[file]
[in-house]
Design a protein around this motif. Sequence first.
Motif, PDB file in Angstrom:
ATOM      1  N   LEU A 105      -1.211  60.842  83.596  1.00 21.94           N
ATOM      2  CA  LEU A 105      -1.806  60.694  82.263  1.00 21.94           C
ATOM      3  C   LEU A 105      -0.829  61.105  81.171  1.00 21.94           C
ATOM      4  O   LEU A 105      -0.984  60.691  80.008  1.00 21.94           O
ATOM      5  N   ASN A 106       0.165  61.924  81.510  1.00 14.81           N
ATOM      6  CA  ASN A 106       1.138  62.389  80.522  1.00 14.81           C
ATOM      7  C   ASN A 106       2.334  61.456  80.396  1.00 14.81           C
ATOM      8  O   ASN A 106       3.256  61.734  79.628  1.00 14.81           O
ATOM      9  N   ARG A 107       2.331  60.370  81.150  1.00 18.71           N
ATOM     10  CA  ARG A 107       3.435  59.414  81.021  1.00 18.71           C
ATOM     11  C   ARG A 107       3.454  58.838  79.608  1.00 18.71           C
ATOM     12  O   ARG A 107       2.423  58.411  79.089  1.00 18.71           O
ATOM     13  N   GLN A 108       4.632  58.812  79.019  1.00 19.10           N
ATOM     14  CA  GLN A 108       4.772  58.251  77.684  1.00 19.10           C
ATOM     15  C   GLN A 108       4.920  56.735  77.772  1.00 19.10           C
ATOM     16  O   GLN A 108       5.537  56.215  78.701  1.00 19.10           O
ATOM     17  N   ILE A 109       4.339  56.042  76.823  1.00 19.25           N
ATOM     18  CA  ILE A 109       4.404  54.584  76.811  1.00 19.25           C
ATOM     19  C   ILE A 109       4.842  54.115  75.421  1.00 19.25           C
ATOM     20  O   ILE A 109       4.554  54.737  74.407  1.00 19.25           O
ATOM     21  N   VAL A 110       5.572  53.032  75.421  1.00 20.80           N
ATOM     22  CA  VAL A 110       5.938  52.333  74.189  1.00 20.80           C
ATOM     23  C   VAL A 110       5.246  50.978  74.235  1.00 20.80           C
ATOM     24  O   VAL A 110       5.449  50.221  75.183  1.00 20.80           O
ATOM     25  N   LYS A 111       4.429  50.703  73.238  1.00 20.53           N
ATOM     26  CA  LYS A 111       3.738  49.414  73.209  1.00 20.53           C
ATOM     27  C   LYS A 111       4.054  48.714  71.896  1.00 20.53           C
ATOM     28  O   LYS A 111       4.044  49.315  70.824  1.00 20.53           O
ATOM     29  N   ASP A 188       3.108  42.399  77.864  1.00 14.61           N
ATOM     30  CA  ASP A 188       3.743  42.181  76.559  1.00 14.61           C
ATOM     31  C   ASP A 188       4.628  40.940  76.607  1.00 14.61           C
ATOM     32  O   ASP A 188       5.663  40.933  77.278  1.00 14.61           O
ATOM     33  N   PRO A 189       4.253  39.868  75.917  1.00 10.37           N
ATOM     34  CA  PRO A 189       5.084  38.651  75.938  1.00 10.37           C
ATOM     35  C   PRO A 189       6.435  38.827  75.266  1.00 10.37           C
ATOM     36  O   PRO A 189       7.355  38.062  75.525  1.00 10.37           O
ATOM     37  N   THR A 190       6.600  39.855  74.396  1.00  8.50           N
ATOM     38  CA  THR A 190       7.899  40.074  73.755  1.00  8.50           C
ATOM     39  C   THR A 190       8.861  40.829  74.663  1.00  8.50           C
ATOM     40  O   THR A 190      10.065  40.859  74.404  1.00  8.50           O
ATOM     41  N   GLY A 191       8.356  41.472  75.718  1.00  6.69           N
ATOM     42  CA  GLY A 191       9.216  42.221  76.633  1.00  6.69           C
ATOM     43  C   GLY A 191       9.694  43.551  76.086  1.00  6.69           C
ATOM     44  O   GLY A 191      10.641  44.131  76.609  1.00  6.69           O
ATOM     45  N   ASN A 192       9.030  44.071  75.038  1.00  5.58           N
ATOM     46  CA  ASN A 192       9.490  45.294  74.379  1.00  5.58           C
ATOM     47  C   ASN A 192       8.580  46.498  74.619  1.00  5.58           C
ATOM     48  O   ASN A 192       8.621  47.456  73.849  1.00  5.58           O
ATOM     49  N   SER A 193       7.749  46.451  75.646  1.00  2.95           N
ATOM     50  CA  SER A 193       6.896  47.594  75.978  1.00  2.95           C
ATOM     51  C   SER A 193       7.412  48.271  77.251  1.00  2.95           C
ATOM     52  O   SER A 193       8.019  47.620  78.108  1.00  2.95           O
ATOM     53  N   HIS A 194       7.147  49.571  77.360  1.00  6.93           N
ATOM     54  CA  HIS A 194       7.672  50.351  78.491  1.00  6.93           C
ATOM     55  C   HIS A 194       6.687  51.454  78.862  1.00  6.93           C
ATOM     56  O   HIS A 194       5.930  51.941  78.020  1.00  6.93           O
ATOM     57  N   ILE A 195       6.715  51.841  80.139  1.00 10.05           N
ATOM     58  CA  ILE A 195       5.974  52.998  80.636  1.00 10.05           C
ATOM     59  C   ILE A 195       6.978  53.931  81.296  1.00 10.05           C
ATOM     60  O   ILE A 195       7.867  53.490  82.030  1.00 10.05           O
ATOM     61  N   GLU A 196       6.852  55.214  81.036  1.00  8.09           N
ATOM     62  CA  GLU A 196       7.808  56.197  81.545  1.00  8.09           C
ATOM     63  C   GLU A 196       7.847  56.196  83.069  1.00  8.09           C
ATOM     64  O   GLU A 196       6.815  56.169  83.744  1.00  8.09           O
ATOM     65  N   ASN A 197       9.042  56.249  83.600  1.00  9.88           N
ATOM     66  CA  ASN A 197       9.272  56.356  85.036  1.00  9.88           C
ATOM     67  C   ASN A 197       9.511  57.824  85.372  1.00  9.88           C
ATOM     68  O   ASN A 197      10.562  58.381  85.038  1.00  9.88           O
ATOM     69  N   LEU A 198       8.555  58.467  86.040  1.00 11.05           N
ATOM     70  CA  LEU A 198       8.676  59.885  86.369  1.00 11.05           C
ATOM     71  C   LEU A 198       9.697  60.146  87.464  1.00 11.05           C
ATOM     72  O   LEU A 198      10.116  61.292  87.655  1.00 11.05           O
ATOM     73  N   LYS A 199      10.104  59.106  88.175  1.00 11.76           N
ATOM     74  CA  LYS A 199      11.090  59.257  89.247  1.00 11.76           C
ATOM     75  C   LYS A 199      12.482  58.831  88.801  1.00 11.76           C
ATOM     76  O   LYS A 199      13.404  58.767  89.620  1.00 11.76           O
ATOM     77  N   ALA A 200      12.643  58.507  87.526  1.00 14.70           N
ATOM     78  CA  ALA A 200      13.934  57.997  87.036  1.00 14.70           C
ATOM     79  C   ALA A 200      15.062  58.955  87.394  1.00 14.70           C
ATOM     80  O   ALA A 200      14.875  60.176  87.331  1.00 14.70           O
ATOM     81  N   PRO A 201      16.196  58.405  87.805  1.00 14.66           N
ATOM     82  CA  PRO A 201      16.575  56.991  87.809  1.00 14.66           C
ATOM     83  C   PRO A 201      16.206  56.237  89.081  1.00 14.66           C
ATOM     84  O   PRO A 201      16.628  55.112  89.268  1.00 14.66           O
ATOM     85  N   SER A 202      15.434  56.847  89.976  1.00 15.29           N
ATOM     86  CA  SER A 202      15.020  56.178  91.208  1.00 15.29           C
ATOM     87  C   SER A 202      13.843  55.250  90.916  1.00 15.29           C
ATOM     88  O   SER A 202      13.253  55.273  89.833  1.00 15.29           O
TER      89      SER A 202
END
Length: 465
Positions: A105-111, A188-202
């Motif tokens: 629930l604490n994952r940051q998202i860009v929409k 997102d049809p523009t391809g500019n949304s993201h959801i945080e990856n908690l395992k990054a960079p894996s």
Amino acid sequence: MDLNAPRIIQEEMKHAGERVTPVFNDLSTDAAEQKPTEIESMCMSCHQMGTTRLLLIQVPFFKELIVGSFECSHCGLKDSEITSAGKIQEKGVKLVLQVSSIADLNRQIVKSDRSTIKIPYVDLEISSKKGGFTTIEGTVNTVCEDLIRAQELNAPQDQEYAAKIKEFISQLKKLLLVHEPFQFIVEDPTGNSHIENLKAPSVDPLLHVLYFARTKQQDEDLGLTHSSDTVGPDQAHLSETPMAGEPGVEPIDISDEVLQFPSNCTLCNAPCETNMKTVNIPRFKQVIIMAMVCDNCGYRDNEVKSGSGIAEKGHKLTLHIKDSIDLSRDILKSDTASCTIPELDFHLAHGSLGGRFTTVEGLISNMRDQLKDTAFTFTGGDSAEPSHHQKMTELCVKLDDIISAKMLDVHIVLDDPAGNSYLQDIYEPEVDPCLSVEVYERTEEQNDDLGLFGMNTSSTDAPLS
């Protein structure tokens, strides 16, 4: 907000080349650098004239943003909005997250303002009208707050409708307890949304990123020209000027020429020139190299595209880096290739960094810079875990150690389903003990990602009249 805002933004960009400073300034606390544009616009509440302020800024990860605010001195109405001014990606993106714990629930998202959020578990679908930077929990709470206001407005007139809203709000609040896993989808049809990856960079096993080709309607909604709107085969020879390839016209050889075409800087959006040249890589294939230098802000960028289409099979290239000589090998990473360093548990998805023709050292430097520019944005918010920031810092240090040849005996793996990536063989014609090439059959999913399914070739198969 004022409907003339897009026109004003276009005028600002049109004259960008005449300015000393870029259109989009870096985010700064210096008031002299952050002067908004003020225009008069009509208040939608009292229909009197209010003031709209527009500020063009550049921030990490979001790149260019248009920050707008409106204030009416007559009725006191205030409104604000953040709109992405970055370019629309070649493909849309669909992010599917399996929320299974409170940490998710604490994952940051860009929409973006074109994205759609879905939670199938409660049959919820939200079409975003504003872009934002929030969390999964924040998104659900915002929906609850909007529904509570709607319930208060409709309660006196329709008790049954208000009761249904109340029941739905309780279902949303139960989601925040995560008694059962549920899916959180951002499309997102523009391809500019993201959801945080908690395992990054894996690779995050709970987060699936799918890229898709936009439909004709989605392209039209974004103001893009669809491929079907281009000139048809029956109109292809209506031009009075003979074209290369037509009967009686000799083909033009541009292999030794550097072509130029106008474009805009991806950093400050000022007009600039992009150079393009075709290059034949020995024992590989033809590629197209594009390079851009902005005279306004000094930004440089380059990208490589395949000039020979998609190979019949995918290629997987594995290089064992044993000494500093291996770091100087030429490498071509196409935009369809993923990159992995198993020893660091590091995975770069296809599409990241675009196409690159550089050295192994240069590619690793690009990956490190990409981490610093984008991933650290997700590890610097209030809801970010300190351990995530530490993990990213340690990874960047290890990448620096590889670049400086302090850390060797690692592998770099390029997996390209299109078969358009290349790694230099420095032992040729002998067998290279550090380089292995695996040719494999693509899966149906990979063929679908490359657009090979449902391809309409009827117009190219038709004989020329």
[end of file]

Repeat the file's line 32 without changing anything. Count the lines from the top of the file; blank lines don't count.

ATOM     29  N   ASP A 188       3.108  42.399  77.864  1.00 14.61           N